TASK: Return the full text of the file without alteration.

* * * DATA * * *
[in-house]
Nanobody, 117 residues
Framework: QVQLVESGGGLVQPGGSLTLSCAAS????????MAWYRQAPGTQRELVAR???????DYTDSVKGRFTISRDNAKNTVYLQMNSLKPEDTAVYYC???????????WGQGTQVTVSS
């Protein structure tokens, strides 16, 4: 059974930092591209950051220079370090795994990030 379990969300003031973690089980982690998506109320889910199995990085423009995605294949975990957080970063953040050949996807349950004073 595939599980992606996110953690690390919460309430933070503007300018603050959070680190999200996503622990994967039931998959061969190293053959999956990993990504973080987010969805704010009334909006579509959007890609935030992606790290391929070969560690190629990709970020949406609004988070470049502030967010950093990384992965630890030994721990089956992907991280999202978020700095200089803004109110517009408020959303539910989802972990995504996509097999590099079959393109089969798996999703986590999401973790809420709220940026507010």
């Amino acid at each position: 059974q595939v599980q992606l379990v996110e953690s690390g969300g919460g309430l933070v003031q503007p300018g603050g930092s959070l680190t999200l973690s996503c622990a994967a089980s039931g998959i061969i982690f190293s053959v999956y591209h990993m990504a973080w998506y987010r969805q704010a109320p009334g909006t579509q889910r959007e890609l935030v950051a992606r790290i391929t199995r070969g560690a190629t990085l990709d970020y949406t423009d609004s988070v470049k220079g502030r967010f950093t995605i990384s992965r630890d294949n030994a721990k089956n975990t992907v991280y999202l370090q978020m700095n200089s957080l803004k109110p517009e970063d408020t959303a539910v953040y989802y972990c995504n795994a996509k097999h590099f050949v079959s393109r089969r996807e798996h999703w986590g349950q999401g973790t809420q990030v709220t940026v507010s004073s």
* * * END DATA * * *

[in-house]
Nanobody, 117 residues
Framework: QVQLVESGGGLVQPGGSLTLSCAAS????????MAWYRQAPGTQRELVAR???????DYTDSVKGRFTISRDNAKNTVYLQMNSLKPEDTAVYYC???????????WGQGTQVTVSS
């Protein structure tokens, strides 16, 4: 059974930092591209950051220079370090795994990030 379990969300003031973690089980982690998506109320889910199995990085423009995605294949975990957080970063953040050949996807349950004073 595939599980992606996110953690690390919460309430933070503007300018603050959070680190999200996503622990994967039931998959061969190293053959999956990993990504973080987010969805704010009334909006579509959007890609935030992606790290391929070969560690190629990709970020949406609004988070470049502030967010950093990384992965630890030994721990089956992907991280999202978020700095200089803004109110517009408020959303539910989802972990995504996509097999590099079959393109089969798996999703986590999401973790809420709220940026507010």
């Amino acid at each position: 059974q595939v599980q992606l379990v996110e953690s690390g969300g919460g309430l933070v003031q503007p300018g603050g930092s959070l680190t999200l973690s996503c622990a994967a089980s039931g998959i061969i982690f190293s053959v999956y591209h990993m990504a973080w998506y987010r969805q704010a109320p009334g909006t579509q889910r959007e890609l935030v950051a992606r790290i391929t199995r070969g560690a190629t990085l990709d970020y949406t423009d609004s988070v470049k220079g502030r967010f950093t995605i990384s992965r630890d294949n030994a721990k089956n975990t992907v991280y999202l370090q978020m700095n200089s957080l803004k109110p517009e970063d408020t959303a539910v953040y989802y972990c995504n795994a996509k097999h590099f050949v079959s393109r089969r996807e798996h999703w986590g349950q999401g973790t809420q990030v709220t940026v507010s004073s």